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Study Finds Florida Could Benefit from Energy Efficiency Strategies



A new study finds that Florida could save $28 billion — enough to cover this year's entire education and transportation budgets — by using energy efficiency strategies that are presently available.


By CP Editorial Staff   Facilities Management

A new study finds that Florida could save $28 billion — enough to cover this year's entire education and transportation budgets — by using energy efficiency strategies that are presently available.

The report, Potential for Energy Efficiency and Renewable Energy to Meet Florida's Growing Energy Demands, was recently released by the American Council for an Energy Efficient Economy (ACEEE).

The study finds that using energy efficiency policies alone (such as efficient windows, compact fluorescent light bulbs, and Energy Star appliances) can nearly offset the state's entire future growth in electric demand by the year 2023. Specifically, the study found that energy efficiency measures could cut demand by 19.9 percent, and using renewable energy sources could cut demand by 9.5 percent by 2023.

Florida would also create more than 14,000 jobs in 2023. The direct and indirect jobs created would be equivalent to nearly 100 new manufacturing plants relocating to Florida, but without the demand for infrastructure and other energy needs, the study says.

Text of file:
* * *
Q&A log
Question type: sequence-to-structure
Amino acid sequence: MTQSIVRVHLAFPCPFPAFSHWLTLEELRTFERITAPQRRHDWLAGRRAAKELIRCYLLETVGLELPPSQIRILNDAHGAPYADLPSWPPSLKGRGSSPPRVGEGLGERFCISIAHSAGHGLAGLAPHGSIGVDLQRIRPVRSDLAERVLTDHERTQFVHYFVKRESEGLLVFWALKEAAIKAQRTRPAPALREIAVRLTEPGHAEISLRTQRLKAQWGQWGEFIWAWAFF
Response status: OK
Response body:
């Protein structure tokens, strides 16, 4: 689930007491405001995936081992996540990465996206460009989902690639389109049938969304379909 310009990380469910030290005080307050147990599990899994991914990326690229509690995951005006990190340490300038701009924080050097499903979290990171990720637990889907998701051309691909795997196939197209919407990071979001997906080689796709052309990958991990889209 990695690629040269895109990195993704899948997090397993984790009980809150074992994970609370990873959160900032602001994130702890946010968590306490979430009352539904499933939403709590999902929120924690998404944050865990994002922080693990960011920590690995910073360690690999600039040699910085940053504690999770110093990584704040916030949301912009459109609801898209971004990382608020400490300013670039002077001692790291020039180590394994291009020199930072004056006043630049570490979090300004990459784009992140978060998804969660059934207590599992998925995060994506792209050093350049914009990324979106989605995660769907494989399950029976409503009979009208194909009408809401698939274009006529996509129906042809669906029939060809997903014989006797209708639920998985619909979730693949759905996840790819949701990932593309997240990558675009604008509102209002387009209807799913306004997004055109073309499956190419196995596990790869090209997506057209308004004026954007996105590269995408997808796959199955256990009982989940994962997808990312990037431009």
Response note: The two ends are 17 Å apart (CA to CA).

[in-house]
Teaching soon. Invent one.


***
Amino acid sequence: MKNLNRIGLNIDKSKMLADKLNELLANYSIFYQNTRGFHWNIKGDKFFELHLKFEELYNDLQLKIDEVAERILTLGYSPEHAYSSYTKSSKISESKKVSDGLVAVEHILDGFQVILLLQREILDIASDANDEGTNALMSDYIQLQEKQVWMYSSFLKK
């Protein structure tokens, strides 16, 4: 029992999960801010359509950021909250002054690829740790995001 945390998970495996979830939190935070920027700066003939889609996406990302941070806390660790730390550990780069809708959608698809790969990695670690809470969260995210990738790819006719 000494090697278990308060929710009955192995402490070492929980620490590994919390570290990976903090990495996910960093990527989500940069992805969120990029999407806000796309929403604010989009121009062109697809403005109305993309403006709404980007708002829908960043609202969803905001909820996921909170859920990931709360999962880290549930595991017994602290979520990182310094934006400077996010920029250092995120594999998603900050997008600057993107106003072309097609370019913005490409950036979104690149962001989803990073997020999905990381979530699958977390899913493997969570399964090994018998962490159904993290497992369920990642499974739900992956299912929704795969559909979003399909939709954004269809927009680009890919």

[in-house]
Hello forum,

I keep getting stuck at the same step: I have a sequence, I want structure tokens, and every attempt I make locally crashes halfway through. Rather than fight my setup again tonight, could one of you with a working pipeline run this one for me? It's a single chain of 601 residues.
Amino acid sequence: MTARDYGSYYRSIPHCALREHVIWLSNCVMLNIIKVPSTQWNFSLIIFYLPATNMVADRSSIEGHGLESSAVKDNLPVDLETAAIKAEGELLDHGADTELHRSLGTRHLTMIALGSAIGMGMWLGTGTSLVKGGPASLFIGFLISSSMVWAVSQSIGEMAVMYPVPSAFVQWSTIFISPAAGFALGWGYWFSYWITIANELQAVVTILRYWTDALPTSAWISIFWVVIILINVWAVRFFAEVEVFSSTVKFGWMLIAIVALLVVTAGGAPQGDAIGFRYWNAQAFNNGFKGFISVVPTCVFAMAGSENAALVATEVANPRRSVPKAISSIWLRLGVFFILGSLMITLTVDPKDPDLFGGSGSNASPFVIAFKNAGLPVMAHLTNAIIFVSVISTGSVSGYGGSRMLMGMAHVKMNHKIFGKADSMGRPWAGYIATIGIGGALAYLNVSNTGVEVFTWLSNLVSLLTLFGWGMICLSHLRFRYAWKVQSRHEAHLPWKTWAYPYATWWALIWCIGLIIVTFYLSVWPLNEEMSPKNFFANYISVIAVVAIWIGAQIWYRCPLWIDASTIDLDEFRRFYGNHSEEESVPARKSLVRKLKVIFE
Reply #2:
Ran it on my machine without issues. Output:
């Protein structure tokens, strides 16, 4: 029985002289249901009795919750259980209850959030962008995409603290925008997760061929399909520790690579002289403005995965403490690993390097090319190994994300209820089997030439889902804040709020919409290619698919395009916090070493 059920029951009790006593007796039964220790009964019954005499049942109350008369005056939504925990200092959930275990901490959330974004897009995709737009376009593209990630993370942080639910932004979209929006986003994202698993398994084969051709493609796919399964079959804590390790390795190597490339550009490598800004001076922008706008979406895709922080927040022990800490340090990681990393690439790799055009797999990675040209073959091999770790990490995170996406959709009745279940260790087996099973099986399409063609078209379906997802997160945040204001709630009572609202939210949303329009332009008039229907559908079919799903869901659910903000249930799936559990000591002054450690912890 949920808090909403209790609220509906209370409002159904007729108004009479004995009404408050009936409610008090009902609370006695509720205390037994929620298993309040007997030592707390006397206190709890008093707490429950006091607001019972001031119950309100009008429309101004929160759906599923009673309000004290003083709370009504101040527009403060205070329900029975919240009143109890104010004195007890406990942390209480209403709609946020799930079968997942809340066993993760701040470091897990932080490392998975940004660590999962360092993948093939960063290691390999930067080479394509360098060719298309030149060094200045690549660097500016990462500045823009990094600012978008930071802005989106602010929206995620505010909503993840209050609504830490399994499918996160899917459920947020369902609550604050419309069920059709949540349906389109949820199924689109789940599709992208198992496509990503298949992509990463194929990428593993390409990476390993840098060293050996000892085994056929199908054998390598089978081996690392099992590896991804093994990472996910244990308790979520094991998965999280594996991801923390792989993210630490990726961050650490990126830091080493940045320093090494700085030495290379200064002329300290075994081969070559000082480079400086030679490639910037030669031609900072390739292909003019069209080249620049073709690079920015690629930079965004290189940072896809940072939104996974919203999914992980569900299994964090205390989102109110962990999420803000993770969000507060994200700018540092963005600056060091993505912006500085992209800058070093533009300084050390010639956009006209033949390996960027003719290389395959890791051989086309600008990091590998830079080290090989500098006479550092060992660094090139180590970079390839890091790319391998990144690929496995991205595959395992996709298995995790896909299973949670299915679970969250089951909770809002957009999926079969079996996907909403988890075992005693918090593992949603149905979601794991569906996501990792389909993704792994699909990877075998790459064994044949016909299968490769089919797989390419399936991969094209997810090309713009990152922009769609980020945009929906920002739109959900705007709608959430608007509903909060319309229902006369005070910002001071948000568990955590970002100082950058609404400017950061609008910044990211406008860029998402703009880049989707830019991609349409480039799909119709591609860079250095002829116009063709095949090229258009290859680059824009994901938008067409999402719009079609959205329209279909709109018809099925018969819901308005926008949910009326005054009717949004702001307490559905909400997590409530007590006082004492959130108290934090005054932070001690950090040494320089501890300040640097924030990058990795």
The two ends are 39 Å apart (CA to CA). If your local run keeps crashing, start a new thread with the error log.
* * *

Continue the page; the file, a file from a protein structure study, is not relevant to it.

If Florida both expanded its energy efficiency measures and invested in renewable energy sources like biomass and solar, the state could cut electricity demand by nearly a third in the year 2023 — without building expensive and environmentally risky new power plants or relying on conventional power sources such as natural gas, coal, oil, or nuclear power, according to the study.

The five key policies that the ACEEE study recommends are:
- An energy efficiency resource standard that sets savings targets for utilities, such as Texas and several other states have done;
- More stringent building energy codes that make Florida's buildings much more efficient in the future;
- An advanced buildings program that changes building practices, reducing energy demand;
- Onsite renewables policies that help meet much of these advanced buildings' energy demand with solar energy; and
- A renewable portfolio standard that sets a target for utilities to procure a share of their power from renewable energy resources such as wind and solar, which more than 20 other states have done.




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  posted on 6/26/2007   Article Use Policy

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